How one engineer is helping thousands of urban teens find a passion for engineering
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Darron Lamkin was the first in his family to graduate from college. He became an engineer, designing aircraft parts and supplies for military use. "I was pretty successful as an engineer. I made a lot of money, but I felt like I was called to do something greater," says Lamkin, 29.
"One day I was just talking to my computer like it was a person. I thought, 'This is really lonely. I am a people person. I have a need to impact people.'"
Having grown up in a low-income, single-parent home in Oklahoma City, Lamkin knew well the challenges of poverty, street violence, and lack of educational resources that the city’s youngest residents often face. "I'm a first-generation college graduate. My mom had a ninth-grade education and I don't know my father. It doesn't matter what you come from. It just matters that you learn from it," he says.
Research has highlighted the profound effects that environment has on where Oklahoma teens end up. "High poverty rates, low academic achievement and high rates of trauma and maltreatment among children in Oklahoma further increase the probability children will become involved in the criminal justice system," according to The Oklahoma Institute for Child Advocacy.
For Lamkin, providing a positive alternative to this was crucial. "How can I use my engineering background to expose people to things other than athletics and drugs?" he asked himself.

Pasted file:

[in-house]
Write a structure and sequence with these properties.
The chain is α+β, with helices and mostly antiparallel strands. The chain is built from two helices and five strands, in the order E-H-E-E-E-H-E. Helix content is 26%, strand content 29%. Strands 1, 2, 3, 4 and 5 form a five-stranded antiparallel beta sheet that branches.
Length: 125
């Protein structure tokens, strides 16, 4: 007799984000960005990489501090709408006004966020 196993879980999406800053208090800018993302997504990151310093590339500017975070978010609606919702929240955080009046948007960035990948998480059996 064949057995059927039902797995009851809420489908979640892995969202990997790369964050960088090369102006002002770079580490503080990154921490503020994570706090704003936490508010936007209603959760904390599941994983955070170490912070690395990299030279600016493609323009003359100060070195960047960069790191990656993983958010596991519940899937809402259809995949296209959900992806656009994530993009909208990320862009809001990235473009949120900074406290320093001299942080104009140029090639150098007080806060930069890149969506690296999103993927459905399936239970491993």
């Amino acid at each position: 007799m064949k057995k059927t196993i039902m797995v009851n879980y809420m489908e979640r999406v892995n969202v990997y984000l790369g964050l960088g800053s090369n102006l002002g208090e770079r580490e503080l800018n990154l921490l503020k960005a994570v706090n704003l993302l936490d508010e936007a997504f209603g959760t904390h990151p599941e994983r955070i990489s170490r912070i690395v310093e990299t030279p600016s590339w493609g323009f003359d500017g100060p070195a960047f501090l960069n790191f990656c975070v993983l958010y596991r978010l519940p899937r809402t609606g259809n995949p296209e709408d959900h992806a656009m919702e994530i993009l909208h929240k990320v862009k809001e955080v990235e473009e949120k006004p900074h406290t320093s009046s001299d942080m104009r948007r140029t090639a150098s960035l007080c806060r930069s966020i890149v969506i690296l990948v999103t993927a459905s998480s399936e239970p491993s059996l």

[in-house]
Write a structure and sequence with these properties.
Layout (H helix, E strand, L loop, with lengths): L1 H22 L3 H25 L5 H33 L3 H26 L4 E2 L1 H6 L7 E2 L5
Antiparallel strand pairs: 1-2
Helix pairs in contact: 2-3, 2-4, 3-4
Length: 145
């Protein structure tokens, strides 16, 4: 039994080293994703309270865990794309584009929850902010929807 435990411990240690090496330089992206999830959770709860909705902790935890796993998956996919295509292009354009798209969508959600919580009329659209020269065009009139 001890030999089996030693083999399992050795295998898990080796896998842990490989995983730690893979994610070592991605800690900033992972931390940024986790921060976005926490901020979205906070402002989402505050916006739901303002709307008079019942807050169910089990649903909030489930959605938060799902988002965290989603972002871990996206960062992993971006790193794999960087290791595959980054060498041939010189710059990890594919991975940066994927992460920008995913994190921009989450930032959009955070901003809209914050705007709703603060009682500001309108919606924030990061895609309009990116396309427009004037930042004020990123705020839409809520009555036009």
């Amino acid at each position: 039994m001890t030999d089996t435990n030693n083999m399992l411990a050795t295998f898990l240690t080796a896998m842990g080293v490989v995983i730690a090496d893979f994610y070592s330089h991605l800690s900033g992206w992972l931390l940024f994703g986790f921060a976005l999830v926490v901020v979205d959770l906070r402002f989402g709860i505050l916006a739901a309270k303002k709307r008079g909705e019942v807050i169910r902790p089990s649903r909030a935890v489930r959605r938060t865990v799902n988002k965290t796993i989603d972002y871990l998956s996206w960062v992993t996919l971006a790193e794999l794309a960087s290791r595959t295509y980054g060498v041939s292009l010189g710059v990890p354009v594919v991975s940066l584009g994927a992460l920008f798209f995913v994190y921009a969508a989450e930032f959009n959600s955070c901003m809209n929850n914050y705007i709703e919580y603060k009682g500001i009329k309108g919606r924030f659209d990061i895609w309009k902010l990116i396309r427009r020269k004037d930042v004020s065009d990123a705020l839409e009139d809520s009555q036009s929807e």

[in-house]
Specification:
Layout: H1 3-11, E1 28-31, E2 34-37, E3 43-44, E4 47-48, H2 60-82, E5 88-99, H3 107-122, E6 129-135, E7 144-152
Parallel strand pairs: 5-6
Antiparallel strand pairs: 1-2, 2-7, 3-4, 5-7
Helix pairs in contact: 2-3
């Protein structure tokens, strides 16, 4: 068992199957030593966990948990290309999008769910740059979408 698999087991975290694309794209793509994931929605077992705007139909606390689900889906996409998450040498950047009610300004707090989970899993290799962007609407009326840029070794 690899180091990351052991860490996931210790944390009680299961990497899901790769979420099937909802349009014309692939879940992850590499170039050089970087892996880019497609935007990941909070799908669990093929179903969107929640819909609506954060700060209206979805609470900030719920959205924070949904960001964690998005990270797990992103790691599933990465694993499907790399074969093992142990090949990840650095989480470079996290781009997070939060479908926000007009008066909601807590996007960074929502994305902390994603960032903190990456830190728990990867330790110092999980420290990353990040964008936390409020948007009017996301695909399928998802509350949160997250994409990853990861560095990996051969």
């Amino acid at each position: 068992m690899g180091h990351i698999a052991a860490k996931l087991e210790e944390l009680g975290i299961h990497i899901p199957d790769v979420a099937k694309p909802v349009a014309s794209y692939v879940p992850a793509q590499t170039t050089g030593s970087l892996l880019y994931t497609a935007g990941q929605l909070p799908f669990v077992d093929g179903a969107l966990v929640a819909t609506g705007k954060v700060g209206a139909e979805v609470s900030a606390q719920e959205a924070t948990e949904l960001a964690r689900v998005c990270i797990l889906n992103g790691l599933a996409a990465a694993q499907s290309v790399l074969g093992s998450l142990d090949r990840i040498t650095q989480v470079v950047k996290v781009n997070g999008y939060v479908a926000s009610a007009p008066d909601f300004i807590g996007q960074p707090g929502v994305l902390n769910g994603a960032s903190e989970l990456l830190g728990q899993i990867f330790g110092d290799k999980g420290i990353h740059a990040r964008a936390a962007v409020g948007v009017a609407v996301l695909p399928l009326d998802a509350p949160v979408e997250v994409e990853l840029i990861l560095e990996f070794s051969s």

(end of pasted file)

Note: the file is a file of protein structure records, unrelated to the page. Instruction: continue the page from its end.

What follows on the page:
In 2010, he began teaching hands-on engineering workshops to teenagers in Oklahoma City through his newly founded organization, Class Matters. "I wanted to be the organization that interceded before the juvenile detention center, before the mental health facility," he says.
In his workshops, Lamkin has taught students to turn everyday objects into engineering experiments -- transforming a water bottle into a flashlight, building mousetrap cars, making parachutes out of tissue paper, and heat warmers out of ice. At its start, Class Matters was funded solely by Lamkin and the money he'd saved up from his engineering job. He paid for all supplies and expenses out of pocket, living off a meager $323 a month to make ends meet.
But much of this changed at the start of 2016. Lamkin had sent a three-page info sheet about Class Matters to the Verizon Foundation, hoping to spread the word about his organization. When the company responded with an offer of a grant for $50,000, he was blown away.
"Verizon propelled me so quickly," he says. Class Matters has since invested in a 3-D printer along with model airplanes and cars students can build and experiment with. "It gave me access to resources I would never have been able to get before," he says.
Lamkin, who is studying for his PhD in industrial engineering at Oklahoma State, has reached 3,246 students through his workshops since 2010.
Sha Hicks, 14, a ninth-grader at Northeast Academy for Health Sciences and Engineering, has thrived in Lamkin's workshops. "In a regular classroom, if you need help, you would automatically get it, but here you have to challenge yourself," says Hicks. "You actually get to learn from your mistakes. You are pushed to do your best."
That's Lamkin's goal precisely. Over the years he has mentored and watched students who previously struggled with their grades go on to colleges around the country.
"There's no greater feeling than seeing students going from throwing up gang signs to throwing up college degrees," says Lamkin. "My motto is: 'Don’t put a glass ceiling on impact.' If they are willing to learn, I am willing to teach."